Gas pipeline from Portugal to Northern Europe? Now Germany wants it

Former US ambassador George Glass tried to dynamise pipeline before pandemic

German Chancellor Olaf Scholz has spoken out today in favour of a pipeline to transport gas from Portugal through Spain and France to the rest of Europe to reduce the current dependence on Russian gas.

This was EXACTLY the idea floated pre-pandemic by former US ambassador George Glass – a man who really didn’t have the success he wished for with many ‘ideas’ of the Trump administration.

Back in October of 2019, Spain proved “unwavering” in its opposition to the plan.

Now, with so much having changed on the geopolitical scene, Scholz says he regrets that such a link has “not yet been built because it would now make it possible to make a massive contribution” to supply in northern Europe due to the energy crisis that has arisen following the war in Ukraine.

Quoted by Spain’s Efe news agency, the chancellor said he has spoken with colleagues from Portugal, Spain and France, and with the president of the European Commission, “to push for this project, as the existence of links with North Africa would help diversify supply”.

A pipeline with these characteristics “would solve the current problems“, he said,highlighting his government’s efforts to reduce energy dependence on Russia and admitting that previous governments had not considered this possibility.

“Every government, every business must take into account that situations can change and prepare for if that happens,” Scholz said, after acknowledging that the current government coalition (Social Democrats, Greens and Liberals) was “surprised” by the lack of alternatives to a possible reduction in Russian gas supplies.

Despite this situation, the German leader stresses it has been possible “in record time” to look for alternatives to guarantee gas supplies next winter but admits “they will be more expensive”.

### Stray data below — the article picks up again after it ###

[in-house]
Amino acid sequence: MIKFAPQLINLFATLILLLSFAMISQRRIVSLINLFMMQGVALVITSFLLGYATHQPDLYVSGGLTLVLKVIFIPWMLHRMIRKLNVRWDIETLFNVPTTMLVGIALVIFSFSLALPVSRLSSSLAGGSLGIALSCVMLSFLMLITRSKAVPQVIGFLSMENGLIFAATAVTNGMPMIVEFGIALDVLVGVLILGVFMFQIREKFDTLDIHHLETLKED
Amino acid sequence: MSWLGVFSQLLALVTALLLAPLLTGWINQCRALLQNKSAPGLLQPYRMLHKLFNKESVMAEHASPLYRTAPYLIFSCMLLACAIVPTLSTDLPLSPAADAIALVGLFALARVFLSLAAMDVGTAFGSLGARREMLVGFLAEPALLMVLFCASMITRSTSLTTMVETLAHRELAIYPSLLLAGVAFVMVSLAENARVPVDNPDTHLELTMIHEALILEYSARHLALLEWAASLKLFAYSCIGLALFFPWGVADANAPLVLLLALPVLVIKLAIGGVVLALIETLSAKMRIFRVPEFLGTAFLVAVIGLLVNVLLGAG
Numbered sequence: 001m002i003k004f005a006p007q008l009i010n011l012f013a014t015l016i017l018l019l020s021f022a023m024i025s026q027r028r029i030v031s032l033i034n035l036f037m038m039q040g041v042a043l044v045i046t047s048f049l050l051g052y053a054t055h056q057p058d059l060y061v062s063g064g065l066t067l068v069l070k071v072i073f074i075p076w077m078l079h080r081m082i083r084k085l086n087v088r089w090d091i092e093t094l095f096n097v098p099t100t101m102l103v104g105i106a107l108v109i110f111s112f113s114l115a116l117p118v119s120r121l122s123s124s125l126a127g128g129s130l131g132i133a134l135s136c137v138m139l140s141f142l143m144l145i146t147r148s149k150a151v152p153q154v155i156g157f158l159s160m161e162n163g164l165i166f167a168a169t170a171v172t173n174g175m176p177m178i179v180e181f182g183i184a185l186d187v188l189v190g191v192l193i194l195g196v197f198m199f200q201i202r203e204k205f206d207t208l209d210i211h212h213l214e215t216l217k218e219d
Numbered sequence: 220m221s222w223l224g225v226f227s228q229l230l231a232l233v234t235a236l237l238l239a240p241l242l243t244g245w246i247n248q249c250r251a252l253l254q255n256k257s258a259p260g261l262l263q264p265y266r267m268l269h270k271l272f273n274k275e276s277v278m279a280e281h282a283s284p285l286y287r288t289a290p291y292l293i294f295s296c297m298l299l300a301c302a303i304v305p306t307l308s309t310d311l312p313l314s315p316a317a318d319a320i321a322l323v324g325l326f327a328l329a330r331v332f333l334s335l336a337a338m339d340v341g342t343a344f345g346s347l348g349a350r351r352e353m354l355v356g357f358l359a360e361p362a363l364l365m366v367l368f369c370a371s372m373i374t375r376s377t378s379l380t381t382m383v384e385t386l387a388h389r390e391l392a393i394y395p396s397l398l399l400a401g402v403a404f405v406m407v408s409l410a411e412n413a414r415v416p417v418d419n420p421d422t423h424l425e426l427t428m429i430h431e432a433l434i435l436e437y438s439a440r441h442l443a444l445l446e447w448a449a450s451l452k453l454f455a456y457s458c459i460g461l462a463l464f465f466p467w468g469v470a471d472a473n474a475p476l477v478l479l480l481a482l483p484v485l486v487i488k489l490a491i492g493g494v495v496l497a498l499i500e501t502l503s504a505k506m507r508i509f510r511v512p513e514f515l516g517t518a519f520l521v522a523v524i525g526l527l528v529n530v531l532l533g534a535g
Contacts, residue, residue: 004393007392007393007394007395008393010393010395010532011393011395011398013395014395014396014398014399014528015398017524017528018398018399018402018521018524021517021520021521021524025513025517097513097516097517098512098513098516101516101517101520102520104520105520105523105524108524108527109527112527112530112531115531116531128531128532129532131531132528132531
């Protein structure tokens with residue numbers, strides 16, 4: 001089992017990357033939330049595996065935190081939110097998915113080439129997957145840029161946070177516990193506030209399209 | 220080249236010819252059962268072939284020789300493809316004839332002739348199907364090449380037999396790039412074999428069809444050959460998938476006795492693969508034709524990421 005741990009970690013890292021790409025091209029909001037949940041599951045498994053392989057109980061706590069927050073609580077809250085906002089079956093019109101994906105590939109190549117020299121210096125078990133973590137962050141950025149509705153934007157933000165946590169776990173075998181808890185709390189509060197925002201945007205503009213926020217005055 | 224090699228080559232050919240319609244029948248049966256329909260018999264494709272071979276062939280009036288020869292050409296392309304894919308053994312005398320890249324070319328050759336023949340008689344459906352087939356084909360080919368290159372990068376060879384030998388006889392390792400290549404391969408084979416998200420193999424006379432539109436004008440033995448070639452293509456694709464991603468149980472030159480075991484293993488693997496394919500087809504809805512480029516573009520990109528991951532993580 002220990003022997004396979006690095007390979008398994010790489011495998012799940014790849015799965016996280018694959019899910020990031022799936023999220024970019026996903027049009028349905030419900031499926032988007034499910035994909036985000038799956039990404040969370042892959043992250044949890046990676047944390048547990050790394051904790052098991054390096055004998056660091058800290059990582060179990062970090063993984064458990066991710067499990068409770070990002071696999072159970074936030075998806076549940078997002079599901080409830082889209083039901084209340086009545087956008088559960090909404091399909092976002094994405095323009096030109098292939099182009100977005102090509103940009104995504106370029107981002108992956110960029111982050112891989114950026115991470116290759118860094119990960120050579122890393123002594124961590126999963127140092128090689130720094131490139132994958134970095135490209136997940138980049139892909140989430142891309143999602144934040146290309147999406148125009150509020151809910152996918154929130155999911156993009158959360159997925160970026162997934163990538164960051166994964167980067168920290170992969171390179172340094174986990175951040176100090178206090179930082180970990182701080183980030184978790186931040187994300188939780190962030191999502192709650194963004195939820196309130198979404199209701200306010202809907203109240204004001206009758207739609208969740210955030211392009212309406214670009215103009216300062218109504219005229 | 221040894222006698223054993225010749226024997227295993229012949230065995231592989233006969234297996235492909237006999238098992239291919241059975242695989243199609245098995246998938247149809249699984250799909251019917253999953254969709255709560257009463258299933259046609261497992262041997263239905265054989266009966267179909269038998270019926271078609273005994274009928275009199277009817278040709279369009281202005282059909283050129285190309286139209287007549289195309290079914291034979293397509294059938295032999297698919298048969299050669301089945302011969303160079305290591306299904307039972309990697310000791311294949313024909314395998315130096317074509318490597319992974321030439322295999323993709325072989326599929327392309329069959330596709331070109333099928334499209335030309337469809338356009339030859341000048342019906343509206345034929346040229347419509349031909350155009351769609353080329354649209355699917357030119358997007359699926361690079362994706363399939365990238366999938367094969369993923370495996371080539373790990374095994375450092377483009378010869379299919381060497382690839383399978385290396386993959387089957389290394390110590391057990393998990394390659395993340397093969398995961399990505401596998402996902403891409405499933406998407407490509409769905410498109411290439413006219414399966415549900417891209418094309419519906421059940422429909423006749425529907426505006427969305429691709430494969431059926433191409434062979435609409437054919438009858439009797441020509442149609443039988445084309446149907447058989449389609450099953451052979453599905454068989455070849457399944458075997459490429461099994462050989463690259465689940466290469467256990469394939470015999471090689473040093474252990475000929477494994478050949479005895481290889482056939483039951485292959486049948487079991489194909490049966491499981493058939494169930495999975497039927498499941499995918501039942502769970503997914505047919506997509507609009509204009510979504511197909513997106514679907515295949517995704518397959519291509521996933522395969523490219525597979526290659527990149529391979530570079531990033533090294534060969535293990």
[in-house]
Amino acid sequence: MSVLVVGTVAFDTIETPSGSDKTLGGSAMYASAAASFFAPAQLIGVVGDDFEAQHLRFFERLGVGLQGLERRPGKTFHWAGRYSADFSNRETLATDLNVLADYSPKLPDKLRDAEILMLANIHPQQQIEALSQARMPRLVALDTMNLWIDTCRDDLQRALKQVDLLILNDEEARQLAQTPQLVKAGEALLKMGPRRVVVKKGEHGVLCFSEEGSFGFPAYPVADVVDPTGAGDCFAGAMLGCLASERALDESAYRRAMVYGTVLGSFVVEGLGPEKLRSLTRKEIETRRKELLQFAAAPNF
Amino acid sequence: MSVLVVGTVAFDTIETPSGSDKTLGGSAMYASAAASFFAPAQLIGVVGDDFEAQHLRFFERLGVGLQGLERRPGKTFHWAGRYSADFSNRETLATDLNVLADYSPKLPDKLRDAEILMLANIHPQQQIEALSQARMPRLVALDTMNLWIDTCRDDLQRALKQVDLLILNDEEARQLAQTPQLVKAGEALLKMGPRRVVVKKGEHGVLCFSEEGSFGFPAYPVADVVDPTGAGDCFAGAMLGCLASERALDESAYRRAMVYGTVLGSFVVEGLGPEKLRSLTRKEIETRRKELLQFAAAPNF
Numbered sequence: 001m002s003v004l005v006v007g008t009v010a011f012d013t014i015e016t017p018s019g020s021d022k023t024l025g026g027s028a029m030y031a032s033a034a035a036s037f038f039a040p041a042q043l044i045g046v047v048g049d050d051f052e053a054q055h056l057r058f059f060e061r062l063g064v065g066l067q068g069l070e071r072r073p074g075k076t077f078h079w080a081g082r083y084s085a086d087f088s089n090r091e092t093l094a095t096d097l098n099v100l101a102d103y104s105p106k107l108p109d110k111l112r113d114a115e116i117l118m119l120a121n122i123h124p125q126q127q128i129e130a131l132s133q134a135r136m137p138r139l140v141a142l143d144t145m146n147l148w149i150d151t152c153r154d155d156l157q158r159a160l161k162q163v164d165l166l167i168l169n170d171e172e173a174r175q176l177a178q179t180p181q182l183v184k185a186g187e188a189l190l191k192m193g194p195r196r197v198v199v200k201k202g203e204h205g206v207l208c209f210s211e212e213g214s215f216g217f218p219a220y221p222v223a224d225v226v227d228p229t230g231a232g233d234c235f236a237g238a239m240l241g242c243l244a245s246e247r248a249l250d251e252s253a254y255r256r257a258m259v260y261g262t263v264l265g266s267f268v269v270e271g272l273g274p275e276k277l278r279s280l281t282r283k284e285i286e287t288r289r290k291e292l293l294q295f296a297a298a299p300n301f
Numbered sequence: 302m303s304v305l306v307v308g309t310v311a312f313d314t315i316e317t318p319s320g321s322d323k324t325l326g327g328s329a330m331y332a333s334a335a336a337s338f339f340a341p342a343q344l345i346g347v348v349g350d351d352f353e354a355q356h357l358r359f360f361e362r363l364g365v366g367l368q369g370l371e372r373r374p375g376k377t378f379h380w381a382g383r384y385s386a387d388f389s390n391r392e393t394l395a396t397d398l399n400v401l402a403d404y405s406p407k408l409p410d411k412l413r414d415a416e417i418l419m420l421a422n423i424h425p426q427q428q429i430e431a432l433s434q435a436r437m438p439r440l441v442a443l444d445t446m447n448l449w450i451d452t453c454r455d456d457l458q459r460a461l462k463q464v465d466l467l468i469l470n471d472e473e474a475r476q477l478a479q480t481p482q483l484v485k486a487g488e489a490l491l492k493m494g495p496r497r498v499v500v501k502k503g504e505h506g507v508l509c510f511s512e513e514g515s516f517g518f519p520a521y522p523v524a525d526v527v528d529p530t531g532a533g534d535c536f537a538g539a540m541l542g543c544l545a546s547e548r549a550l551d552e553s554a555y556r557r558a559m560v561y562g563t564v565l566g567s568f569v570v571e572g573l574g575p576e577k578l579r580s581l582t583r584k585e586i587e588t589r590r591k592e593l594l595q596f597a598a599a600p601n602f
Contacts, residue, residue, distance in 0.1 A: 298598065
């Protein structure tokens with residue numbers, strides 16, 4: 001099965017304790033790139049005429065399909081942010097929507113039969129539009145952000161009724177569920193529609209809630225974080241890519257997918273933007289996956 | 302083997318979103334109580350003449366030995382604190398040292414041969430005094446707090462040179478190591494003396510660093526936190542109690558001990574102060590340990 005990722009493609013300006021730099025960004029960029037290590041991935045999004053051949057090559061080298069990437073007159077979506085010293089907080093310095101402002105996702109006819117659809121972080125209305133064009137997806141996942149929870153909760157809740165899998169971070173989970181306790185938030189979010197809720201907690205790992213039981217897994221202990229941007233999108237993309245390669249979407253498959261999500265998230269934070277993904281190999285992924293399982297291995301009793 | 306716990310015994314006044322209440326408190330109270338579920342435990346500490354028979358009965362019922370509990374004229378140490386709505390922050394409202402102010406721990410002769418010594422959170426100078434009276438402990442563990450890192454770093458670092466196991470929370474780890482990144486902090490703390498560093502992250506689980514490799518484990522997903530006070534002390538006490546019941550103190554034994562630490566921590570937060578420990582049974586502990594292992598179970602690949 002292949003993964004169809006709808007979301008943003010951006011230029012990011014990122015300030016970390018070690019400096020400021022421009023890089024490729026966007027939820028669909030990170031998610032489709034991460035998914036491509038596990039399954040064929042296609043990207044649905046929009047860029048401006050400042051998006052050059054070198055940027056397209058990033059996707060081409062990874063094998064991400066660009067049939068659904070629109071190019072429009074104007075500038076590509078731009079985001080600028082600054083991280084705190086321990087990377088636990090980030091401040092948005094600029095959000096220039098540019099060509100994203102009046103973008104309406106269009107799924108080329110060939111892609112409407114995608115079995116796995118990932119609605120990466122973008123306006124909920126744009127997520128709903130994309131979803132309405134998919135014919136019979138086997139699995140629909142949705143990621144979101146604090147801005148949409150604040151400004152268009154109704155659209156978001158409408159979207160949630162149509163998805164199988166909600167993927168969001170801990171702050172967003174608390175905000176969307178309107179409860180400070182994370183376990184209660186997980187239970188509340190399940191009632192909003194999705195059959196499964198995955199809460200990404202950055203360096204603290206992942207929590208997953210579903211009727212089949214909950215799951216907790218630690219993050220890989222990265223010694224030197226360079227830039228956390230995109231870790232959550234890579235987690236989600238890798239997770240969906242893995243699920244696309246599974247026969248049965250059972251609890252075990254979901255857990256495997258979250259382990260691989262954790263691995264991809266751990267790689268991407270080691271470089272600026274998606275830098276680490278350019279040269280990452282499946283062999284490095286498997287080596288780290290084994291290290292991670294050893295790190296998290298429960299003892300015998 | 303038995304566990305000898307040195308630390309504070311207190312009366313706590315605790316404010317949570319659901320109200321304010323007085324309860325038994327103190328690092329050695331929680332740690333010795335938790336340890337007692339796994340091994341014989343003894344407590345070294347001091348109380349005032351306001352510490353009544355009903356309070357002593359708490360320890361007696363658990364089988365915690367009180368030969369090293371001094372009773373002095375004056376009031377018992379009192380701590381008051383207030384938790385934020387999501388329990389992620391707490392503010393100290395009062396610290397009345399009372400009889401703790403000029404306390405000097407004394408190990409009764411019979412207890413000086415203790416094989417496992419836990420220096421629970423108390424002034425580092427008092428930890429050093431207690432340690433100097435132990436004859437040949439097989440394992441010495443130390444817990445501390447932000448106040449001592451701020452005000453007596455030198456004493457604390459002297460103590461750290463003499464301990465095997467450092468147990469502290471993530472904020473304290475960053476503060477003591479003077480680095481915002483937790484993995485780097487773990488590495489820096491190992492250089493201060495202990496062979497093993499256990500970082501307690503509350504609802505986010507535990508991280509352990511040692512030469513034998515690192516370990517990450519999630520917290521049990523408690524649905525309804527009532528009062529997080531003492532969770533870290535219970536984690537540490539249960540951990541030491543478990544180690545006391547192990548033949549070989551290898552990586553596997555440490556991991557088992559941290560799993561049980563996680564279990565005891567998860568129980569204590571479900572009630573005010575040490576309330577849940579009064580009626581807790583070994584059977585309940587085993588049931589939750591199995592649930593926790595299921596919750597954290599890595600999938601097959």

Germany’s gas deposits have reached about 75% of their capacity, according to the latest data from the Federal Network Agency (Bundesnetzagentur), a level that, according to the government’s objectives, should be reached by September 1.

The German government has set a target for deposits to reach 75% of capacity on September 1, rising to 85 per cent on October 1 and 95 per cent on November 1 – the level sufficient to guarantee supply throughout the winter.

But all these targets depend on the continued supply of Russian gas through the Nord Stream pipeline, explains Lusa.

Russian group Gazprom interrupted supplies last month, “claiming the need for maintenance tasks. When service was restored, volume was down to 20% of its capacity, down from 40% previously”, adds Lusa.

There is also disagreement in the German coalition government over whether to postpone the end of the last three remaining nuclear power plants, which were due to cease operating by the end of the year.

The Greens have rejected postponement “without ruling it out completely”; the Liberals propose postponing until 2024 – and advocate reactivating, if necessary, another plant that was taken out of service last year.

Currently, Germany’s three nuclear plants in operation guarantee  6% of the country’s electricity supply.

Source: LUSA